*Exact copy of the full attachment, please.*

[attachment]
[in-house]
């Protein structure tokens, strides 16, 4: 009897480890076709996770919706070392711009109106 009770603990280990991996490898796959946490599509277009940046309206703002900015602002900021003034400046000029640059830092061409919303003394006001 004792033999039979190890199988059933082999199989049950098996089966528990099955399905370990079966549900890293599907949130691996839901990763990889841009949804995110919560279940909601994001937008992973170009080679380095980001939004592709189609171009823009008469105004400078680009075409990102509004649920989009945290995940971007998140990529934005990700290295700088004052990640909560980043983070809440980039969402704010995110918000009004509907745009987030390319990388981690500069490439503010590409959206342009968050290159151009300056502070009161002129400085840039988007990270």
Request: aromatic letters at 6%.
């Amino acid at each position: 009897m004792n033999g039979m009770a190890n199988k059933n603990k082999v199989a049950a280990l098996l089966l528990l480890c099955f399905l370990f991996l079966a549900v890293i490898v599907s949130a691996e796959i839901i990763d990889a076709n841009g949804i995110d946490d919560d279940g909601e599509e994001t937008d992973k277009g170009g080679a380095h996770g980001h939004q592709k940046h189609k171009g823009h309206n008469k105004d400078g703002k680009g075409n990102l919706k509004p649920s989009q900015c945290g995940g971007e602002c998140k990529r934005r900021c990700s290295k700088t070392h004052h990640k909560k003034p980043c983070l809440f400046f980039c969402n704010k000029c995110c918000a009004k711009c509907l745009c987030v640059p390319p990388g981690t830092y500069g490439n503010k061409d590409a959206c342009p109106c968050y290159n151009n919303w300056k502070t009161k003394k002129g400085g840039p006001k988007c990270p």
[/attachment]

[in-house]
């Protein structure tokens, strides 16, 4: 009897480890076709996770919706070392711009109106 009770603990280990991996490898796959946490599509277009940046309206703002900015602002900021003034400046000029640059830092061409919303003394006001 004792033999039979190890199988059933082999199989049950098996089966528990099955399905370990079966549900890293599907949130691996839901990763990889841009949804995110919560279940909601994001937008992973170009080679380095980001939004592709189609171009823009008469105004400078680009075409990102509004649920989009945290995940971007998140990529934005990700290295700088004052990640909560980043983070809440980039969402704010995110918000009004509907745009987030390319990388981690500069490439503010590409959206342009968050290159151009300056502070009161002129400085840039988007990270």
Request: aromatic letters at 6%.
């Amino acid at each position: 009897m004792n033999g039979m009770a190890n199988k059933n603990k082999v199989a049950a280990l098996l089966l528990l480890c099955f399905l370990f991996l079966a549900v890293i490898v599907s949130a691996e796959i839901i990763d990889a076709n841009g949804i995110d946490d919560d279940g909601e599509e994001t937008d992973k277009g170009g080679a380095h996770g980001h939004q592709k940046h189609k171009g823009h309206n008469k105004d400078g703002k680009g075409n990102l919706k509004p649920s989009q900015c945290g995940g971007e602002c998140k990529r934005r900021c990700s290295k700088t070392h004052h990640k909560k003034p980043c983070l809440f400046f980039c969402n704010k000029c995110c918000a009004k711009c509907l745009c987030v640059p390319p990388g981690t830092y500069g490439n503010k061409d590409a959206c342009p109106c968050y290159n151009n919303w300056k502070t009161k003394k002129g400085g840039p006001k988007c990270p």